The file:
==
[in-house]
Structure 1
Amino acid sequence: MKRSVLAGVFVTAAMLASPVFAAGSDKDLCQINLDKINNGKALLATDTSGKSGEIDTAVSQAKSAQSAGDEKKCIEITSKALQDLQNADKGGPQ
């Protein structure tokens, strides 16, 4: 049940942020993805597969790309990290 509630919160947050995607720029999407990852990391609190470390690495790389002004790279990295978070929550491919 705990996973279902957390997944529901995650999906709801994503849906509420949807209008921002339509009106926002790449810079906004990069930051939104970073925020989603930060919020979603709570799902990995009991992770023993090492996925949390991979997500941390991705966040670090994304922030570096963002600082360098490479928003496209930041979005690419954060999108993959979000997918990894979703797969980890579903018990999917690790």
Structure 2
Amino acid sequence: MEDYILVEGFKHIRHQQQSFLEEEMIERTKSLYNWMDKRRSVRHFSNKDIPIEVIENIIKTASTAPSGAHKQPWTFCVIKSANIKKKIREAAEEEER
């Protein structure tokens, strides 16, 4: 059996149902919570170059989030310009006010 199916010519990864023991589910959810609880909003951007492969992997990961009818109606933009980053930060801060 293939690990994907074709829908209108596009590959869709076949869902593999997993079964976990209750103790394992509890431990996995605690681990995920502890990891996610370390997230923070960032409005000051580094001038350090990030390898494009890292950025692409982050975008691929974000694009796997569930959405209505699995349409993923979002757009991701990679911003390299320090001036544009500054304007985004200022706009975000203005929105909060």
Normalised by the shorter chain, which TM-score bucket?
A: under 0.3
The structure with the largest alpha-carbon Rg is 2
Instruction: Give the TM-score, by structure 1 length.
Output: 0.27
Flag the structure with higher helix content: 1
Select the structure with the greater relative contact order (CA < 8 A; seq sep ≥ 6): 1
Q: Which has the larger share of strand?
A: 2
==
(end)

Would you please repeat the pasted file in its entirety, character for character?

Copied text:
[in-house]
Structure 1
Amino acid sequence: MKRSVLAGVFVTAAMLASPVFAAGSDKDLCQINLDKINNGKALLATDTSGKSGEIDTAVSQAKSAQSAGDEKKCIEITSKALQDLQNADKGGPQ
């Protein structure tokens, strides 16, 4: 049940942020993805597969790309990290 509630919160947050995607720029999407990852990391609190470390690495790389002004790279990295978070929550491919 705990996973279902957390997944529901995650999906709801994503849906509420949807209008921002339509009106926002790449810079906004990069930051939104970073925020989603930060919020979603709570799902990995009991992770023993090492996925949390991979997500941390991705966040670090994304922030570096963002600082360098490479928003496209930041979005690419954060999108993959979000997918990894979703797969980890579903018990999917690790």
Structure 2
Amino acid sequence: MEDYILVEGFKHIRHQQQSFLEEEMIERTKSLYNWMDKRRSVRHFSNKDIPIEVIENIIKTASTAPSGAHKQPWTFCVIKSANIKKKIREAAEEEER
């Protein structure tokens, strides 16, 4: 059996149902919570170059989030310009006010 199916010519990864023991589910959810609880909003951007492969992997990961009818109606933009980053930060801060 293939690990994907074709829908209108596009590959869709076949869902593999997993079964976990209750103790394992509890431990996995605690681990995920502890990891996610370390997230923070960032409005000051580094001038350090990030390898494009890292950025692409982050975008691929974000694009796997569930959405209505699995349409993923979002757009991701990679911003390299320090001036544009500054304007985004200022706009975000203005929105909060």
Normalised by the shorter chain, which TM-score bucket?
A: under 0.3
The structure with the largest alpha-carbon Rg is 2
Instruction: Give the TM-score, by structure 1 length.
Output: 0.27
Flag the structure with higher helix content: 1
Select the structure with the greater relative contact order (CA < 8 A; seq sep ≥ 6): 1
Q: Which has the larger share of strand?
A: 2